The Restoration of the Clarke House

Thorough architectural and historical studies of the house were conducted and procedures for its relocation we developed. There was no way to move the house to its new site without encountering the elevated train (the “El”) structure which had not existed at the time of the move south in 1872. The City Architect and architectural consultant Wilbert R. Hasbrouck studied ways of surmounting the obstacle of the El. Among the possibilities considered and rejected were slicing the house into sections, an airlift by helicopter, an overnight removal and replacement of an El span over one street, and an excavation that would allow the house to move under the El tracks.
The decision was made to lift the 120 ton structure over the El. The house was picked up and transported on wheeled dollies to the point where the El crosses 44th Street between Calumet and Prairie avenues. There the house was slowly jacked up twenty-seven feet on wooden cribs until it stood slightly above the El tracks.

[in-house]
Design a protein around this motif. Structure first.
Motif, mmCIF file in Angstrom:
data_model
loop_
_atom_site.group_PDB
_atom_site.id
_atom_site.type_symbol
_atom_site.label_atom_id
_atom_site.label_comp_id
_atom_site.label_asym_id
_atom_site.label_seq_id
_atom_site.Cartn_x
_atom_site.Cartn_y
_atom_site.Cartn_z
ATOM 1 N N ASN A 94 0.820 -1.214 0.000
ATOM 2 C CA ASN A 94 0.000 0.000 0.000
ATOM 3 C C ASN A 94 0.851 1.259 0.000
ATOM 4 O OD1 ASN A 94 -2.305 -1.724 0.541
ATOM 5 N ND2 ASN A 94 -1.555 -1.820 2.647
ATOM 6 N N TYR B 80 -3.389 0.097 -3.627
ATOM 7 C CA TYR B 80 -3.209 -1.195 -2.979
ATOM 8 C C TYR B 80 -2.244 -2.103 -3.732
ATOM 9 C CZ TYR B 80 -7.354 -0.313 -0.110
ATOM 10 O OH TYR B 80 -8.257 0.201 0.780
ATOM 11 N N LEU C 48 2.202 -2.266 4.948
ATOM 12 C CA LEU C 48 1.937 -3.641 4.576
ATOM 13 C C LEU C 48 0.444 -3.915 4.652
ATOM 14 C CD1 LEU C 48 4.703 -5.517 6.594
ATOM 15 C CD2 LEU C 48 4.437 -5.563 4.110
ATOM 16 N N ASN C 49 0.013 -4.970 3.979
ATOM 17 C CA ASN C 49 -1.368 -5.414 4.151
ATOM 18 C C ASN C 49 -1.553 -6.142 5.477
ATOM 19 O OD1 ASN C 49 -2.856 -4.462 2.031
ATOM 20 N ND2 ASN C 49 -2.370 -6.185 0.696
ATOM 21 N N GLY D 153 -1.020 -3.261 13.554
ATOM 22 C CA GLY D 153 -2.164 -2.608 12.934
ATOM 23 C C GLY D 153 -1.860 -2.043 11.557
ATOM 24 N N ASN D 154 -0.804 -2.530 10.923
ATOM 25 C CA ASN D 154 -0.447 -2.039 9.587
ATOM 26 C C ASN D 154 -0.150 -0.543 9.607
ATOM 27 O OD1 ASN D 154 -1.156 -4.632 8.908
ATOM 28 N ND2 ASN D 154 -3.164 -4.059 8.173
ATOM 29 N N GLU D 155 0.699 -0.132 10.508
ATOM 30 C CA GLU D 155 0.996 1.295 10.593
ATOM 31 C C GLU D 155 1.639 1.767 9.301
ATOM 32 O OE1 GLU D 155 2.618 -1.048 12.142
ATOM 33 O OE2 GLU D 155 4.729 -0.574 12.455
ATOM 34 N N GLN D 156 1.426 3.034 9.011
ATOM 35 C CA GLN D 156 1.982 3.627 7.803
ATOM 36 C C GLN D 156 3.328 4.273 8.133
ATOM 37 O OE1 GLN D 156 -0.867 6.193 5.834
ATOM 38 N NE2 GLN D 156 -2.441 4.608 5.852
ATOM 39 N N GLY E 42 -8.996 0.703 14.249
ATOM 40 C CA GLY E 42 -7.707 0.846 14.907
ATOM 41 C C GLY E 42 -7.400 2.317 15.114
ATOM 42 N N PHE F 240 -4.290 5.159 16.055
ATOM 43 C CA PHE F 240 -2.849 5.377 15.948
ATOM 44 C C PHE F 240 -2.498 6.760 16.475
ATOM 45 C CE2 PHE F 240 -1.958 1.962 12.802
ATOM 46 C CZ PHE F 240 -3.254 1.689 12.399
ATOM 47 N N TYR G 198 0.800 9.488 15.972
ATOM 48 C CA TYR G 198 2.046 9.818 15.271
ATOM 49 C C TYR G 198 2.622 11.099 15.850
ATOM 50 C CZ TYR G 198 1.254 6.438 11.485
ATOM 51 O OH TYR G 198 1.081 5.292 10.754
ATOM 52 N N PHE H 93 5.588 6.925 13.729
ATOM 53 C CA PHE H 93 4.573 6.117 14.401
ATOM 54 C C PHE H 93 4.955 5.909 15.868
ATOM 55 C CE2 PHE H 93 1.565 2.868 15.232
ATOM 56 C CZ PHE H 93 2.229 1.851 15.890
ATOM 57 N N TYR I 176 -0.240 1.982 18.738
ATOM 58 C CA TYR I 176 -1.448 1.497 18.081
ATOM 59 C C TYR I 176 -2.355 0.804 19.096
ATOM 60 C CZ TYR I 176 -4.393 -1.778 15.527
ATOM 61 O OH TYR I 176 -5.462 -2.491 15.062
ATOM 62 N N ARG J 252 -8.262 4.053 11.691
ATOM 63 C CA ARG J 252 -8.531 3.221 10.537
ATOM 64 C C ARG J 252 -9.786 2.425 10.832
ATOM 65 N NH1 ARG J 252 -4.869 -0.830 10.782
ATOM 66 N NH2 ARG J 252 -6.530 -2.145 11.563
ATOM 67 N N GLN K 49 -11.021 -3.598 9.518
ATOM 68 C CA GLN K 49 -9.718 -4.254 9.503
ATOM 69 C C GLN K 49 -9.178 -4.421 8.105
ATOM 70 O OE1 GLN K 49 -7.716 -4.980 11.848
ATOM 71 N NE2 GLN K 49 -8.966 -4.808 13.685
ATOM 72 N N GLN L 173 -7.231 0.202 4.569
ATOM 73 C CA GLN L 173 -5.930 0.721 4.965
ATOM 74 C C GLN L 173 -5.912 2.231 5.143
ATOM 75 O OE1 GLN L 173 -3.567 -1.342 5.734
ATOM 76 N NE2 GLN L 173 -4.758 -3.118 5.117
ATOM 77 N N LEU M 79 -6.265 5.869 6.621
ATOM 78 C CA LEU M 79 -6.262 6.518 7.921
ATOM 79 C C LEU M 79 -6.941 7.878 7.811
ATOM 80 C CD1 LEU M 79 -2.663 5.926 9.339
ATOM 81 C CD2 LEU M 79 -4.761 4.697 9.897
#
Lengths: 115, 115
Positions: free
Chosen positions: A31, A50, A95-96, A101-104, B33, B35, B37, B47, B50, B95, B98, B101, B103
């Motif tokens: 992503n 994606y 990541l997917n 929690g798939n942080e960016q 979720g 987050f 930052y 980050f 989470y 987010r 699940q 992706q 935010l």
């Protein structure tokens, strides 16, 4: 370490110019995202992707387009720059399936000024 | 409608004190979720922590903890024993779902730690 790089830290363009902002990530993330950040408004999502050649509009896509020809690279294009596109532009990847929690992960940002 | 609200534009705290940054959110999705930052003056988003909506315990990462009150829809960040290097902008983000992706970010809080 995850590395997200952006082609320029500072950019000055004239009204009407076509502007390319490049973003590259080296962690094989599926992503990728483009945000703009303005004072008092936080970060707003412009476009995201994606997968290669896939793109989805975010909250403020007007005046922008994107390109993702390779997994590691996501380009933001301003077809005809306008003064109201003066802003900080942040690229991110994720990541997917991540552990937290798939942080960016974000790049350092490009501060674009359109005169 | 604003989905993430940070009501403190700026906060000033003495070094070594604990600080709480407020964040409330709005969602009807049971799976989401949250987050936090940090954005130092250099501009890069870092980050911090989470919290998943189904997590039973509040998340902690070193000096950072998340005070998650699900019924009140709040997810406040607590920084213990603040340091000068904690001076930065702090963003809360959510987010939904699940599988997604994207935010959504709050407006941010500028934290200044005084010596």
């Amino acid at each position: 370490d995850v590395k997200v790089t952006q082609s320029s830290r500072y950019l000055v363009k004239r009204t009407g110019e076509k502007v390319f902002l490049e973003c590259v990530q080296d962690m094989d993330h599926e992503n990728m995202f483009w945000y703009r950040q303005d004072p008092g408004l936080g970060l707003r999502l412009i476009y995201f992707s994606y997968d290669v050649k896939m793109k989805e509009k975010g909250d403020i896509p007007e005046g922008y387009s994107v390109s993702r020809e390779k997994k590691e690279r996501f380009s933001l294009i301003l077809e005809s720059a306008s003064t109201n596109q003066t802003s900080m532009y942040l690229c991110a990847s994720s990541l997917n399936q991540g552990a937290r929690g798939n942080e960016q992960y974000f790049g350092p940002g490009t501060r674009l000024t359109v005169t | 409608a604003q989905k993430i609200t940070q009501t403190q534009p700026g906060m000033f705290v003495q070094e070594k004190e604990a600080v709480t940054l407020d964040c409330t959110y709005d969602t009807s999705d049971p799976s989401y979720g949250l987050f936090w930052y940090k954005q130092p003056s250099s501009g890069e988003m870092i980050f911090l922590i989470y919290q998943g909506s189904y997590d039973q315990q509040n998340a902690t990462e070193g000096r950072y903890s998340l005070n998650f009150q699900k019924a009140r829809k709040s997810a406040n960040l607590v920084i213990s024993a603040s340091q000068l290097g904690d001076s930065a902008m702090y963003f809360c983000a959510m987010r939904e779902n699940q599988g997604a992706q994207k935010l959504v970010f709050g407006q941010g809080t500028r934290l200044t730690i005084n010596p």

At exactly one minute after midnight on Sunday December 4, 1977, when El traffic was at a minimum, all train service on the line was halted. Temporary rails were laid across the tracks, cables were attached to the house, and trucks on the street below pulled the house slowly across the tracks. Despite the very cold weather, about 2,000 people gathered to watch as the house moved over the tracks and onto another set of cribs on the east side of the El. Soon the trains were running past the house once more.

In the bitterly cold weather, the hydraulic equipment that would have lowered the house froze. When the weather finally warmed up on December 18, the house was lowered and moved to the new site and placed on the excavation prepared for it. A new foundation was then built up to fit the idiosyncrasies of a very old structure.

The Clarke house was to be not only the embodiment of Chicago’s past and a historical record in itself, but also a public museum. Steel reinforcements were added to floors and to the staircase. Air conditioning and security equipment were concealed in walls and fireplace flues. An elevator was added in former closet space. The basement was designed to include offices, restrooms, and a museum gallery. Daniel Majewski, Assistant City Architect, was in charge of all phases of the restoration of the Clarke house.